For Belafonte’s part, he formed a committee to support the movement and raised thousands of dollars to help bail the Rev. Dr. Martin Luther King Jr. out of jail, pay for the release of arrested protesters, help finance freedom rides and bankroll SNCC.

Belafonte and Poitier helped organize the March on Washington and helped plan King’s memorial after he was assassinated.

As for their impact on black masculinity, Belafonte has said of Poitier, “I don’t think anyone [else] in the world could have been anointed with the responsibility of creating a whole new image of black people, and especially black men.” In truth, Belafonte is being needlessly self-effacing here, because both he and Poitier accomplished this feat.

I’ve met both men and was enthralled by each. The first time I heard Belafonte speak in person, he spoke so eloquently and passionately that I was sure that he was reading a speech. He wasn’t. The next time I saw him I rehearsed a fan speech in my mind as I approached him, but before I could utter a word, he said to me, “I’m such a fan.” Mind. Blown.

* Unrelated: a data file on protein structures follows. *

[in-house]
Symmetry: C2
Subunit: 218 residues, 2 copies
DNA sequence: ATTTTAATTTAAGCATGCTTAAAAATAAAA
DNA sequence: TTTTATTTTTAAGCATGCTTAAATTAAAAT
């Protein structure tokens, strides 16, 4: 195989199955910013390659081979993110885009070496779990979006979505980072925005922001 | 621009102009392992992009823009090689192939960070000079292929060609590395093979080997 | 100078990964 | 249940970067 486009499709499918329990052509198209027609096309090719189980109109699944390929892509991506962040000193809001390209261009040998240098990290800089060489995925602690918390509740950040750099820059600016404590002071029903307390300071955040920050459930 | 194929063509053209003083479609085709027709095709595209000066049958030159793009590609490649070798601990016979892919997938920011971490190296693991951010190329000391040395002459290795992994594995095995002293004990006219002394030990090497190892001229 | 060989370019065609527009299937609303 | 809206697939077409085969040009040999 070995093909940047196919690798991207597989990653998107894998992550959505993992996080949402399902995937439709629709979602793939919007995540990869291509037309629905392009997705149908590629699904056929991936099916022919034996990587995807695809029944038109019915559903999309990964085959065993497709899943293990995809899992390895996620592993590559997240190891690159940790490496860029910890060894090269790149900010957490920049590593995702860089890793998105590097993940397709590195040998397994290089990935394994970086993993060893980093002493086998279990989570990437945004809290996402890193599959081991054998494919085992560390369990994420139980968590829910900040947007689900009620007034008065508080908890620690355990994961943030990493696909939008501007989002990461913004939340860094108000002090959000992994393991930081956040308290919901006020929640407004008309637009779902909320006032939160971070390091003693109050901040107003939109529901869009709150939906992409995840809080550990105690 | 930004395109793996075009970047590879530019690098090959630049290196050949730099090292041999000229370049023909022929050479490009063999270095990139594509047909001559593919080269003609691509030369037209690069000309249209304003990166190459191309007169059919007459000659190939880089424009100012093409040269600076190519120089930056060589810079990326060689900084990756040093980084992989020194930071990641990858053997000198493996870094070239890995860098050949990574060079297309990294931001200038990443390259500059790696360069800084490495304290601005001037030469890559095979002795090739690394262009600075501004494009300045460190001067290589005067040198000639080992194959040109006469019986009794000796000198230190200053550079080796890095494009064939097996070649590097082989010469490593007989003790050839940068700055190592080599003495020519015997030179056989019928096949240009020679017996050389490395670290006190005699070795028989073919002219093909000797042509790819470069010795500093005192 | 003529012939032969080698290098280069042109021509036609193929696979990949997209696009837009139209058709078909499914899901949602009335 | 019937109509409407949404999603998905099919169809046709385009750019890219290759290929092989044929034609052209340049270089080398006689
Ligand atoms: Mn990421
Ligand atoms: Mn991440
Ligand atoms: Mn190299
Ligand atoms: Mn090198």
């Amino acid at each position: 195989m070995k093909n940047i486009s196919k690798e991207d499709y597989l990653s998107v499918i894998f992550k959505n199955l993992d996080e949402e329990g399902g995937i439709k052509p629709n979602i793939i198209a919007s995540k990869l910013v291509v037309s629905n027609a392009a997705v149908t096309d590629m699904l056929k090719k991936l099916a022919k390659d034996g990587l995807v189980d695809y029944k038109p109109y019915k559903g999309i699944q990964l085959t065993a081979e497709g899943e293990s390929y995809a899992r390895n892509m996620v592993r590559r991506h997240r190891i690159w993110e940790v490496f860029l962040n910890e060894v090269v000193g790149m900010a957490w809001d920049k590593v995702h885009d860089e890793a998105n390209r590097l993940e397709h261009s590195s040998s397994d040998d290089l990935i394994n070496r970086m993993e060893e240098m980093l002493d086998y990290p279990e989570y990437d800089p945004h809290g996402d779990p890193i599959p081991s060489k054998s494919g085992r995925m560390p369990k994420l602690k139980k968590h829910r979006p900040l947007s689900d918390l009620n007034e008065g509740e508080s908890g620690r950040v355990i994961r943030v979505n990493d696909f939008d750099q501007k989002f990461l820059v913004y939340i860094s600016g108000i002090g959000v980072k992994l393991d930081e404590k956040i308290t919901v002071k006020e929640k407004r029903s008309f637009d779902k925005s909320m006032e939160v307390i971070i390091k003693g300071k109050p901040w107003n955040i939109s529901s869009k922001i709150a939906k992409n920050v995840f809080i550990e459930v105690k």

When I was on my book tour, Poitier invited me to dinner in Beverly Hills. He was the most charming and graceful person I’ve ever met, famous or not. He told me: “I’m adopting you. I don’t have any sons. I have six daughters.” He insisted that I sign the book for him and his wife: “To Mom and Dad.”

Belafonte and Poitier demonstrated over a lifetime how celebrities could embody activism as well as the quiet power of dignity and grace.

King once said of Poitier: “He is a man of great depth, a man of great social concern, a man who is dedicated to human rights and freedom. Here is a man who, in the words we so often hear now, is a soul brother.”

In fact, I think that is what Poitier and Belafonte found in each other: a soul brother. Happy birthday, gentlemen.

Now, after that lovely bit of relief from our ongoing national nightmare, here’s Prof. Krugman:

According to press reports, the Trump administration is basing its budget projections on the assumption that the U.S. economy will grow very rapidly over the next decade — in fact, almost twice as fast as independent institutions like the Congressional Budget Office and the Federal Reserve expect. There is, as far as we can tell, no serious analysis behind this optimism; instead, the number was plugged in to make the fiscal outlook appear better.